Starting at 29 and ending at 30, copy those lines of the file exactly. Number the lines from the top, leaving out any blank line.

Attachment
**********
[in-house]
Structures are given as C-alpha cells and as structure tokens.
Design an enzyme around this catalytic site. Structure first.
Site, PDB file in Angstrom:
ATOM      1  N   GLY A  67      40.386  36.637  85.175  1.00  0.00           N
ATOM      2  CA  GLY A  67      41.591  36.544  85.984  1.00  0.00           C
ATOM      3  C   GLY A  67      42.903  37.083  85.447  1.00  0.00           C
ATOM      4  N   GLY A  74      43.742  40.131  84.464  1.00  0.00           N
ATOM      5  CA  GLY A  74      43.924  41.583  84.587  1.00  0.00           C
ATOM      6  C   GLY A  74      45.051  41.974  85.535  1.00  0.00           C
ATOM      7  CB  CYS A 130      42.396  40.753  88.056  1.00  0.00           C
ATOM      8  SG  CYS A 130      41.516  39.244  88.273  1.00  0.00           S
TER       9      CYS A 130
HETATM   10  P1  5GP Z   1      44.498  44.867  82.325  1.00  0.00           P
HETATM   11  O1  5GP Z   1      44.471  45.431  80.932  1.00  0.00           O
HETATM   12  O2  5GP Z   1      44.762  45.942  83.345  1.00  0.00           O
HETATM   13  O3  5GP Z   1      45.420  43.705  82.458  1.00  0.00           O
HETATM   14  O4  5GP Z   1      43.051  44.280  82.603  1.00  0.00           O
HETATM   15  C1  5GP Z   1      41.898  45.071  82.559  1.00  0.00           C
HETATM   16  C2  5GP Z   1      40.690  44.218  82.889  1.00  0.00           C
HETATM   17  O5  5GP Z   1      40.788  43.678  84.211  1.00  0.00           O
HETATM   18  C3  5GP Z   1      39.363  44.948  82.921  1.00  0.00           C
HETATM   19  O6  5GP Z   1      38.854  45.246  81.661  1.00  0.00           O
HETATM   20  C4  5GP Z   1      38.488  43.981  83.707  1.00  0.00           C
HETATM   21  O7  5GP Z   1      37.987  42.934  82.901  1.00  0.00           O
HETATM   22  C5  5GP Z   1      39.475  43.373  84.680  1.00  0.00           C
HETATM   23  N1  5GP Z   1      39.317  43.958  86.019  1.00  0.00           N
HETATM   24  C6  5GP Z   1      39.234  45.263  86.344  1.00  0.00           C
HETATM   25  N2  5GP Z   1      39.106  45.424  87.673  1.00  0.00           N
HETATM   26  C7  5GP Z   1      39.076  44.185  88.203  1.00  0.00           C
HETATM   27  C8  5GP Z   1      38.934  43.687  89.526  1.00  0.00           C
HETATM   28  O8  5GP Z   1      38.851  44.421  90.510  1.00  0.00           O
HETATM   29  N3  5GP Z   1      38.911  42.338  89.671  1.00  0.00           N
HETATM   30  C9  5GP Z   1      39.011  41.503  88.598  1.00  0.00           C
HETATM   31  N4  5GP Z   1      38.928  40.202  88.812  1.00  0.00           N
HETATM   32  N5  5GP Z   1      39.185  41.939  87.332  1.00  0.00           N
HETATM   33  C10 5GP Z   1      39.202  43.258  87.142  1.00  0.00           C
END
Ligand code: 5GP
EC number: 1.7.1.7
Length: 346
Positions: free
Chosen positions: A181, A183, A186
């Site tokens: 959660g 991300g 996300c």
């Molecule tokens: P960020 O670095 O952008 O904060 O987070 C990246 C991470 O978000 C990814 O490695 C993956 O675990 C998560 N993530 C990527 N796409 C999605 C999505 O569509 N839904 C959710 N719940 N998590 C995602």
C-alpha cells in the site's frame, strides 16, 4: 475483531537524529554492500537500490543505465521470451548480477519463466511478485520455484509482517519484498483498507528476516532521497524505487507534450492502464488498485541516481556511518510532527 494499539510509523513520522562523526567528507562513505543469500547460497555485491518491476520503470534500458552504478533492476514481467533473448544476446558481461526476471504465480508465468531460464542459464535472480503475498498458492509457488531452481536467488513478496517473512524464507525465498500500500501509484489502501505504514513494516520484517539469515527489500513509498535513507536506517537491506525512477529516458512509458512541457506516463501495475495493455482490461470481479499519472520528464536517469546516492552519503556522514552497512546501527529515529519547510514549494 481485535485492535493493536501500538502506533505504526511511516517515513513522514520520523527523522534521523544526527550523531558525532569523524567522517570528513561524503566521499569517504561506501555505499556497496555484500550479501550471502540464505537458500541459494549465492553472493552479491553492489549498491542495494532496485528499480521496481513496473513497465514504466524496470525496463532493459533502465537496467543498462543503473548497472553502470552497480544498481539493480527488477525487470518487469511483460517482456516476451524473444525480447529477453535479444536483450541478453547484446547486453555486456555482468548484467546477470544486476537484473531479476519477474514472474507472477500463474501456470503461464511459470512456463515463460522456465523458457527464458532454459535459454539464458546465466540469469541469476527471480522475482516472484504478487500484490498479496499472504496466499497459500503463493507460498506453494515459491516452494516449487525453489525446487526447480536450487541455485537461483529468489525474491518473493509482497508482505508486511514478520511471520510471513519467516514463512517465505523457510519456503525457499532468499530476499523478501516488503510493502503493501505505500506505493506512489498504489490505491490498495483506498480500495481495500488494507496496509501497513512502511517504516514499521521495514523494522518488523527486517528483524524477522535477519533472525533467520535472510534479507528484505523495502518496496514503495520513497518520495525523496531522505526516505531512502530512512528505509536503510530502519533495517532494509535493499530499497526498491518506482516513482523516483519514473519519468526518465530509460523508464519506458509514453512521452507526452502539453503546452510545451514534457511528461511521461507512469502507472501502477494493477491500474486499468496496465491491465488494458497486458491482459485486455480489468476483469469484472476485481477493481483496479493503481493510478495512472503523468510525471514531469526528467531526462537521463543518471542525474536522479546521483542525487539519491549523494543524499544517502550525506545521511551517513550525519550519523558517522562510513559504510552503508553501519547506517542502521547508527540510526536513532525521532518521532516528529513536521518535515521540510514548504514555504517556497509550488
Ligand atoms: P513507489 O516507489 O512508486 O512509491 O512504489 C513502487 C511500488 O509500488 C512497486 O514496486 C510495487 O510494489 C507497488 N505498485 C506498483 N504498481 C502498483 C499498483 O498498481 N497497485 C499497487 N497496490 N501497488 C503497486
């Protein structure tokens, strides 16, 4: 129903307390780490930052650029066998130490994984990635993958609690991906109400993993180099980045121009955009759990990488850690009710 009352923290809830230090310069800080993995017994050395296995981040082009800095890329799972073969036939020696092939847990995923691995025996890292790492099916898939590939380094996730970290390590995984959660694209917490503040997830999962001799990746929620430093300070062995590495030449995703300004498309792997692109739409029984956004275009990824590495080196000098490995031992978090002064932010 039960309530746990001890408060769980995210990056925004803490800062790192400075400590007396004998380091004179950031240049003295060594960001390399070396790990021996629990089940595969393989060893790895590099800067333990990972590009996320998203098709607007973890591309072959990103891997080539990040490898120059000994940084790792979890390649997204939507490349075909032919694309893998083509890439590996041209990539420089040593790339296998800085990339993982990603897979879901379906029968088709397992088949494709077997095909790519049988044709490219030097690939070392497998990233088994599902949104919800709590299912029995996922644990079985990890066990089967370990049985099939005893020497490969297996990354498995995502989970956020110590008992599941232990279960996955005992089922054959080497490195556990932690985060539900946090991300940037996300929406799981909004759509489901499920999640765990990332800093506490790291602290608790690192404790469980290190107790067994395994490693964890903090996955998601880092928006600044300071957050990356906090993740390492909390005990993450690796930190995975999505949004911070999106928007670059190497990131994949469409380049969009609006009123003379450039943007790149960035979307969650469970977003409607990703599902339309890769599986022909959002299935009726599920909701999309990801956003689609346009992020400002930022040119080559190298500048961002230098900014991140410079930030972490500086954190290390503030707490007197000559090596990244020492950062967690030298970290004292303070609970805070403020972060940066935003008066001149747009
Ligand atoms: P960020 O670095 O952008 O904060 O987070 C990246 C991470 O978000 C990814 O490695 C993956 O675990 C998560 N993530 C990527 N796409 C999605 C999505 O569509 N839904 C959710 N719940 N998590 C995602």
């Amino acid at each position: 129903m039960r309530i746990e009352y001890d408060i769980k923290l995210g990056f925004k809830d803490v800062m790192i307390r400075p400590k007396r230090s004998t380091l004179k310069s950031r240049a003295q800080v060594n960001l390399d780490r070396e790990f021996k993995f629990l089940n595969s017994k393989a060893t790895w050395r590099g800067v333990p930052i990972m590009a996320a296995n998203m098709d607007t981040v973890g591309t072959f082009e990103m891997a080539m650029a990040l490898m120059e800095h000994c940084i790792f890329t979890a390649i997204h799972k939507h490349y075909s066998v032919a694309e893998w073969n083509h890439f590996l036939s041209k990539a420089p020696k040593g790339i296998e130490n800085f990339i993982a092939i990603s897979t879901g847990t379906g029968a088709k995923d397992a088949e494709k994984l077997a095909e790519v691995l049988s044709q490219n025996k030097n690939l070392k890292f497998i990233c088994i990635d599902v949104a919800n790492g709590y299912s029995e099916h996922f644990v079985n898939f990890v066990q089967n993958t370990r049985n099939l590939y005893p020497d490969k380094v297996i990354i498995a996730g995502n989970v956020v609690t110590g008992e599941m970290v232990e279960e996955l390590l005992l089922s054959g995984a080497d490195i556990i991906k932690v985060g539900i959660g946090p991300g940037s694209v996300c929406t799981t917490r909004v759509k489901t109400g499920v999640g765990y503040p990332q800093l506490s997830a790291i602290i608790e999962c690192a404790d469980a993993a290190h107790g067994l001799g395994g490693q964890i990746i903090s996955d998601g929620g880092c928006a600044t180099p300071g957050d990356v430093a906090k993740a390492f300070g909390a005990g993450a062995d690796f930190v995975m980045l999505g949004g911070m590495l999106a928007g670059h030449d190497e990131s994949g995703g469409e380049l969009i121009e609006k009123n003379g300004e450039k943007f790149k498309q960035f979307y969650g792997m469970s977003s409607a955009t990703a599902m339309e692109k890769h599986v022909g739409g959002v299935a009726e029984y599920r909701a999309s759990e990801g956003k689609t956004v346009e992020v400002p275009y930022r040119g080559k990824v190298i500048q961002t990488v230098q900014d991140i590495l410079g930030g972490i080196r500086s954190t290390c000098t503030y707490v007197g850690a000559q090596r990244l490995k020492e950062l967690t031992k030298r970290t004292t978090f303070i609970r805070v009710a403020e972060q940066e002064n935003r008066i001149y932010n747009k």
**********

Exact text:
HETATM   25  N2  5GP Z   1      39.106  45.424  87.673  1.00  0.00           N
HETATM   26  C7  5GP Z   1      39.076  44.185  88.203  1.00  0.00           C